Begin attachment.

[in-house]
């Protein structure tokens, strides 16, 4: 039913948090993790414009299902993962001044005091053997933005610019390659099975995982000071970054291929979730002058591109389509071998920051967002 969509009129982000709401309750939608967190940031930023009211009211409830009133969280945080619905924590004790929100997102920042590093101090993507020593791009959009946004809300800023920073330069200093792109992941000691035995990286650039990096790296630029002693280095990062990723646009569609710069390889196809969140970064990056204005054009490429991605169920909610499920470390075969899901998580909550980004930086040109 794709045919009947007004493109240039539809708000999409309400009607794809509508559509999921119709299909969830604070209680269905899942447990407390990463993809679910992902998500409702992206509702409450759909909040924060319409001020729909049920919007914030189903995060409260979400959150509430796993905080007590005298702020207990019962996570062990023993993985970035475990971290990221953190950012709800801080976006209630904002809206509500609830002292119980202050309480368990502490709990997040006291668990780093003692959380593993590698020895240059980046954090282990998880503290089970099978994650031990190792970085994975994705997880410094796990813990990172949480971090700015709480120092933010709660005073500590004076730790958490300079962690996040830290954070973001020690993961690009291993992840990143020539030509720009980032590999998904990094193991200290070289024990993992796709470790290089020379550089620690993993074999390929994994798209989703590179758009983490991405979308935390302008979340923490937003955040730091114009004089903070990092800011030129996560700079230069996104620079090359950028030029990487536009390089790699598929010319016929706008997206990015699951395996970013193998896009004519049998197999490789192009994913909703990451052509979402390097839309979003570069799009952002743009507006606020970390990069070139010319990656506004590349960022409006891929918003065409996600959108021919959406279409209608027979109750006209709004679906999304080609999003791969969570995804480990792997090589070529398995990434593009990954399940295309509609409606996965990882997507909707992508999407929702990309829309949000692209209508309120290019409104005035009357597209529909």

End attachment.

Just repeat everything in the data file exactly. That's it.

[in-house]
């Protein structure tokens, strides 16, 4: 039913948090993790414009299902993962001044005091053997933005610019390659099975995982000071970054291929979730002058591109389509071998920051967002 969509009129982000709401309750939608967190940031930023009211009211409830009133969280945080619905924590004790929100997102920042590093101090993507020593791009959009946004809300800023920073330069200093792109992941000691035995990286650039990096790296630029002693280095990062990723646009569609710069390889196809969140970064990056204005054009490429991605169920909610499920470390075969899901998580909550980004930086040109 794709045919009947007004493109240039539809708000999409309400009607794809509508559509999921119709299909969830604070209680269905899942447990407390990463993809679910992902998500409702992206509702409450759909909040924060319409001020729909049920919007914030189903995060409260979400959150509430796993905080007590005298702020207990019962996570062990023993993985970035475990971290990221953190950012709800801080976006209630904002809206509500609830002292119980202050309480368990502490709990997040006291668990780093003692959380593993590698020895240059980046954090282990998880503290089970099978994650031990190792970085994975994705997880410094796990813990990172949480971090700015709480120092933010709660005073500590004076730790958490300079962690996040830290954070973001020690993961690009291993992840990143020539030509720009980032590999998904990094193991200290070289024990993992796709470790290089020379550089620690993993074999390929994994798209989703590179758009983490991405979308935390302008979340923490937003955040730091114009004089903070990092800011030129996560700079230069996104620079090359950028030029990487536009390089790699598929010319016929706008997206990015699951395996970013193998896009004519049998197999490789192009994913909703990451052509979402390097839309979003570069799009952002743009507006606020970390990069070139010319990656506004590349960022409006891929918003065409996600959108021919959406279409209608027979109750006209709004679906999304080609999003791969969570995804480990792997090589070529398995990434593009990954399940295309509609409606996965990882997507909707992508999407929702990309829309949000692209209508309120290019409104005035009357597209529909």